Power BI – Dynamic Row Level Security – Things you need to know to get it working!

Below I am going to explain some of the caveats that you need to be aware of when implementing Dynamic Row Level Security (RLS) in Power BI. Without this I
could not get Dynamic RLS security working for me and my data.

I found that there are a few things that are currently not mentioned anywhere and it took me some time to gain an understanding. So I am hoping that with this blog post it will make it easier for you to implement Row Level Security using Dynamic Security.

Below is the link to a blog post by Kasper De Jonge in which he explains how to very quickly get up and running with RLS, as well as providing a sample Power BI Desktop Model.

Power BI Desktop Dynamic security cheat sheet

And this is what the Relationship Model looks like, which will make the explanation below a little easier to understand.

Things you need to Know!

Below are the things that I learnt and that will help with understanding the bits that make it all work together.

Testing RLS in Power BI Desktop

The first thing that you will need to update if you have downloaded Kasper De Jonge’s Power BI Desktop model is for in the relationships area. This is because it is missing a key tick box, which without it the Dynamic RLS will not work.

  • Go into the (Relationships) area in the Power BI Desktop model.
  • Then edit the relationship between the UserGroup and Group Table, when opening you will see the following below.
  • Now in order for this to work, you will need to apply the tick next to “Apply security filter in both directions”
    • NOTE: If this is not enabled or ticked the Dynamic RLS will not work correctly.
  • So once done it will now look like the following below:

The next thing to note is if you want to test RLS in Power BI Desktop you have to ensure that you have included yourself in both the Users and UserGroup
Table.

If not, you will get the following screen when click on the button.

As you can see above the Bar Visual is Blank and the Sales Amount is Blank. This is because with my current login context I am not specified in any of the Dynamic RLS tables.

Which lead me onto the next piece in understanding how the Power BI Service works.

Testing RLS in the Power BI Service

What happened was when I was initially testing this, I put in myself as a user and then a fellow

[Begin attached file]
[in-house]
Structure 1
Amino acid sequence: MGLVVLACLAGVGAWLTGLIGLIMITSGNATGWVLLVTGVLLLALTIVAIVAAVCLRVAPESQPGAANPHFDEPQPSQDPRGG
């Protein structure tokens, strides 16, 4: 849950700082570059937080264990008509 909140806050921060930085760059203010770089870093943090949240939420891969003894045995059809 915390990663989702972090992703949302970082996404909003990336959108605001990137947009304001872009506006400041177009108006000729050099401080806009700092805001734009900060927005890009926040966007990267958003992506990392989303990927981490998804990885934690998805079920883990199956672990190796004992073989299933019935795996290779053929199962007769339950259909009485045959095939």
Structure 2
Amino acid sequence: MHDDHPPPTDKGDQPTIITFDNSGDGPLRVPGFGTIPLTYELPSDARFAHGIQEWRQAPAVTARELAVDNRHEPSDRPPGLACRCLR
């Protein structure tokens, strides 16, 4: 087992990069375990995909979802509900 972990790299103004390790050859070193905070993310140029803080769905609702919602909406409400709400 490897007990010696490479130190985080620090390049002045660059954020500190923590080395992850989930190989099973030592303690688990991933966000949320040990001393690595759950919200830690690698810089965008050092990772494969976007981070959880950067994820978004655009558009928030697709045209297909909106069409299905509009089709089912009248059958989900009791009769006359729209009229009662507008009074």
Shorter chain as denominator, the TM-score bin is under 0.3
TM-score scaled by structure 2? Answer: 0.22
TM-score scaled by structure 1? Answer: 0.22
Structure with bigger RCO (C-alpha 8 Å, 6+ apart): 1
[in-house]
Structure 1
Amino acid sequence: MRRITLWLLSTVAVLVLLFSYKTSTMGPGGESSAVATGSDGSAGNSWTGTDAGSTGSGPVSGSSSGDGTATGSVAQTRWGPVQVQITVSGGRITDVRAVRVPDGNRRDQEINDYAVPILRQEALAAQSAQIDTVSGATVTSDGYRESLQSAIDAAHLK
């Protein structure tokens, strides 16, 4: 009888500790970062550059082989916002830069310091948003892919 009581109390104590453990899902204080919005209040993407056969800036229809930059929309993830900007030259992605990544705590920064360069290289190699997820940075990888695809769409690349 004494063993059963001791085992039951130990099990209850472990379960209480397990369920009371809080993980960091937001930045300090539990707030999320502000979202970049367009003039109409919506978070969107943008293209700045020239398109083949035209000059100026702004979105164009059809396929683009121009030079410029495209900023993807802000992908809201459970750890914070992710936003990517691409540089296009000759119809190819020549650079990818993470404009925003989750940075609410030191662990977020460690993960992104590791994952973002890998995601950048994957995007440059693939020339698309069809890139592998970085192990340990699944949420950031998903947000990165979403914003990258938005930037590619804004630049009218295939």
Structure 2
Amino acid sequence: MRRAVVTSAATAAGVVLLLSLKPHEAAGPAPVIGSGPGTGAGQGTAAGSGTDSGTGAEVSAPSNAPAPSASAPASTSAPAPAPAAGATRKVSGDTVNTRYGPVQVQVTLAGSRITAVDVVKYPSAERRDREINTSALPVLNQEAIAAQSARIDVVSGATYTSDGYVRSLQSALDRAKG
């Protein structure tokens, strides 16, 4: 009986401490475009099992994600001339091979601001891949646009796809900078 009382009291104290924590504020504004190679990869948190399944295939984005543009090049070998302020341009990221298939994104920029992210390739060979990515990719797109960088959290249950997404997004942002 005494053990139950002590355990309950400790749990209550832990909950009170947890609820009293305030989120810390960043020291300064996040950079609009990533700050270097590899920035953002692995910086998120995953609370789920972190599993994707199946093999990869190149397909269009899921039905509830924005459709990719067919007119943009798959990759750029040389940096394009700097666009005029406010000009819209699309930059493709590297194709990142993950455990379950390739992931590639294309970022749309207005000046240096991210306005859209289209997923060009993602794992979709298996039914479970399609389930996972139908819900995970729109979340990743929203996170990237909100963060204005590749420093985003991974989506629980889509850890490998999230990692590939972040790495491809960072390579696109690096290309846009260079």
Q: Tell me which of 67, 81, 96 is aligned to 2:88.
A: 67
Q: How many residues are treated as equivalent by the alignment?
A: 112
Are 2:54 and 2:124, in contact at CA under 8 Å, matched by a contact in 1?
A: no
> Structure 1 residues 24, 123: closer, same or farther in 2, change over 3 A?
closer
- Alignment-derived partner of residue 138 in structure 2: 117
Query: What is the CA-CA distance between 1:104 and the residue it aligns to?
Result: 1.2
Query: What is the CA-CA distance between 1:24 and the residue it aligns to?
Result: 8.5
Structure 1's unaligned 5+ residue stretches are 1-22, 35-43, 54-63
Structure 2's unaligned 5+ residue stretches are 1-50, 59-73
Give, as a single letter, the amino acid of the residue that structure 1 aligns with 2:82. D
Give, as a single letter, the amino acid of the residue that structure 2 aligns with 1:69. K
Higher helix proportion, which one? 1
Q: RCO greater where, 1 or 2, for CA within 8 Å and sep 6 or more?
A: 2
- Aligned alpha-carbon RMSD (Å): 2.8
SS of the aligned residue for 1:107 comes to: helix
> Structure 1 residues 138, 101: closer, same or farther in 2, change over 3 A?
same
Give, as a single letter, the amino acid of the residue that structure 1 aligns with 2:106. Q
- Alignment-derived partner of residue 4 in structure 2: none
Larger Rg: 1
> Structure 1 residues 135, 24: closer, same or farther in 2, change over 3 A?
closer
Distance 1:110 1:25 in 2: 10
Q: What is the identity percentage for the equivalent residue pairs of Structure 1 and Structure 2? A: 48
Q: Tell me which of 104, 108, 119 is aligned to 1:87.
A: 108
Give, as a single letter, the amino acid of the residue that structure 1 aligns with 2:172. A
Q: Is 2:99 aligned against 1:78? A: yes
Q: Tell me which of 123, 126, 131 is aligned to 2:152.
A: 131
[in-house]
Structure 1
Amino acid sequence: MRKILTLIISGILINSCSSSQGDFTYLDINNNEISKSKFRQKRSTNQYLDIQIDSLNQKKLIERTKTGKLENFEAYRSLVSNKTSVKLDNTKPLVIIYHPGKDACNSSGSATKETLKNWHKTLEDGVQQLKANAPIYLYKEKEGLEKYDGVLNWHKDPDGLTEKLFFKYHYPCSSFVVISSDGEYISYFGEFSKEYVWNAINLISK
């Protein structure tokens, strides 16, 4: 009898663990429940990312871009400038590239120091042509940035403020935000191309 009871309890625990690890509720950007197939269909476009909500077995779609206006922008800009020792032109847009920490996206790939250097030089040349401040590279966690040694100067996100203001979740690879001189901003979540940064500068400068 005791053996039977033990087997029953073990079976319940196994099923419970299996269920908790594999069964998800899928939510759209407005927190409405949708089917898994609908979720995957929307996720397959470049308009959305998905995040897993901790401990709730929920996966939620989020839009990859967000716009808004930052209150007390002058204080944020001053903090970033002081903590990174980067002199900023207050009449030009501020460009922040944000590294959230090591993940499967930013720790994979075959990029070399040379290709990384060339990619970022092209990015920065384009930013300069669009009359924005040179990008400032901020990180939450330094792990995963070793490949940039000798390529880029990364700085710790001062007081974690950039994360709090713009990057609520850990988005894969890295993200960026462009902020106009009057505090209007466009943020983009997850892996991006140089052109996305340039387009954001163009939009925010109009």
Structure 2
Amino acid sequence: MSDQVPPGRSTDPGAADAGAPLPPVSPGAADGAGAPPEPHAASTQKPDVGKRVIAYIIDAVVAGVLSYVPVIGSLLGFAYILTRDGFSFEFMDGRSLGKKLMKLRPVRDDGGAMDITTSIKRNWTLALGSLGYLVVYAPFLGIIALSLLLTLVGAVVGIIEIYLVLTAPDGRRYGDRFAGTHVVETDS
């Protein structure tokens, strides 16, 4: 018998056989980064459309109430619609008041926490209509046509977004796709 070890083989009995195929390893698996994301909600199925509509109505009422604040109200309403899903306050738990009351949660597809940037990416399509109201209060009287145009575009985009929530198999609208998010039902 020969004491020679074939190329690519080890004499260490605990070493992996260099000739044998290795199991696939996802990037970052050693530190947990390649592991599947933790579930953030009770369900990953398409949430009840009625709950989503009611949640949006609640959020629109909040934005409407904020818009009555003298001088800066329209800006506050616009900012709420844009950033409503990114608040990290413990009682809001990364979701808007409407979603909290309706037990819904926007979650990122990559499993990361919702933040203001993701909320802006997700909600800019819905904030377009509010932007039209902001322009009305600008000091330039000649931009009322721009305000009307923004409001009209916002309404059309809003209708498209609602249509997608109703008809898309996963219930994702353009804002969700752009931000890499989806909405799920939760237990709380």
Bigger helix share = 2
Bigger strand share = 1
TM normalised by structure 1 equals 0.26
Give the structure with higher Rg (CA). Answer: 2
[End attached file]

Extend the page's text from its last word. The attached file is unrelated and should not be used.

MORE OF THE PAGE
worker as a user in both the Users and UsersGroup table.

I then uploaded the Power BI Desktop file to the Service. Once it was uploaded I went into the Security for my dataset and put in name under the Roles.

Now what I expected to happen is that when I went into the report I should only see the data for Group B and Group C, the reason is because in the UserGroup table I had rows for Group B and Group C

But when I went and viewed the Report I saw the following below. As you can see I can see all the data and NOT Group B and Group C.

This took me quite a to understand and I did try a whole host of things to get it working.

This is unconfirmed by Microsoft but my own conclusion was that because I am the person who is uploading the Power BI Desktop model into the Power BI Service, I must by default have Admin (Server Administrator) rights to the model.

So no matter what I do, I will always see everything. Which makes perfect sense because I am the author of the model.

So to test this I then shared my Dashboard with another user who only had access to Group C, and when he viewed the dashboard as well as the reports he saw the following below. (NOTE: I did add his email address under Security in the Dataset)

Conclusion

Whilst it is great to now have Dynamic RLS in the Power BI Service I did struggle for some time to get it working, as well as to understand how it all pieces and works together.

And since I now know the above information I have been able to successfully roll out and test other Power BI Models successfully.

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